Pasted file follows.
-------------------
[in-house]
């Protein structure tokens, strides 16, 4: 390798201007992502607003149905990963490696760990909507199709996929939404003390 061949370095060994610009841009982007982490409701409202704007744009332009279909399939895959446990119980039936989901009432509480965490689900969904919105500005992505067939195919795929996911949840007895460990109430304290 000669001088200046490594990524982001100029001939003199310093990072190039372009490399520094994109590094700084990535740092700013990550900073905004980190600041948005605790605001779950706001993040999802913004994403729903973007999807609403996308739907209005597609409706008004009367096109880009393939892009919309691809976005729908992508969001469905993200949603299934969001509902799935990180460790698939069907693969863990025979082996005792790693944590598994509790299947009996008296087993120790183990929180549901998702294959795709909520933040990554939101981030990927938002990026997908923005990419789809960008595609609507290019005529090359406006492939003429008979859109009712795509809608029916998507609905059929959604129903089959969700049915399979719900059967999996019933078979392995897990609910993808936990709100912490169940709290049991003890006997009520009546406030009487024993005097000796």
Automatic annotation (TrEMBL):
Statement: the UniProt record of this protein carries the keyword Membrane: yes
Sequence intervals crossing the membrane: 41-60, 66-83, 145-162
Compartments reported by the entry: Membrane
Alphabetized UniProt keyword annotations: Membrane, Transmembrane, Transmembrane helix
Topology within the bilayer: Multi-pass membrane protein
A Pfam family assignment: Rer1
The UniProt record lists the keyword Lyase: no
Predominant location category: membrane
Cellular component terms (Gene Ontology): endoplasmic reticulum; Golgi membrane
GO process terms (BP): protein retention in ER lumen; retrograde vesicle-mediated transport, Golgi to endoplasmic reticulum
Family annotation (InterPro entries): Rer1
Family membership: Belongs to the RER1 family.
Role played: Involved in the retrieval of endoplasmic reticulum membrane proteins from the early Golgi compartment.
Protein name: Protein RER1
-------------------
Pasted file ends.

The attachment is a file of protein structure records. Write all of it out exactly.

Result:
[in-house]
């Protein structure tokens, strides 16, 4: 390798201007992502607003149905990963490696760990909507199709996929939404003390 061949370095060994610009841009982007982490409701409202704007744009332009279909399939895959446990119980039936989901009432509480965490689900969904919105500005992505067939195919795929996911949840007895460990109430304290 000669001088200046490594990524982001100029001939003199310093990072190039372009490399520094994109590094700084990535740092700013990550900073905004980190600041948005605790605001779950706001993040999802913004994403729903973007999807609403996308739907209005597609409706008004009367096109880009393939892009919309691809976005729908992508969001469905993200949603299934969001509902799935990180460790698939069907693969863990025979082996005792790693944590598994509790299947009996008296087993120790183990929180549901998702294959795709909520933040990554939101981030990927938002990026997908923005990419789809960008595609609507290019005529090359406006492939003429008979859109009712795509809608029916998507609905059929959604129903089959969700049915399979719900059967999996019933078979392995897990609910993808936990709100912490169940709290049991003890006997009520009546406030009487024993005097000796």
Automatic annotation (TrEMBL):
Statement: the UniProt record of this protein carries the keyword Membrane: yes
Sequence intervals crossing the membrane: 41-60, 66-83, 145-162
Compartments reported by the entry: Membrane
Alphabetized UniProt keyword annotations: Membrane, Transmembrane, Transmembrane helix
Topology within the bilayer: Multi-pass membrane protein
A Pfam family assignment: Rer1
The UniProt record lists the keyword Lyase: no
Predominant location category: membrane
Cellular component terms (Gene Ontology): endoplasmic reticulum; Golgi membrane
GO process terms (BP): protein retention in ER lumen; retrograde vesicle-mediated transport, Golgi to endoplasmic reticulum
Family annotation (InterPro entries): Rer1
Family membership: Belongs to the RER1 family.
Role played: Involved in the retrieval of endoplasmic reticulum membrane proteins from the early Golgi compartment.
Protein name: Protein RER1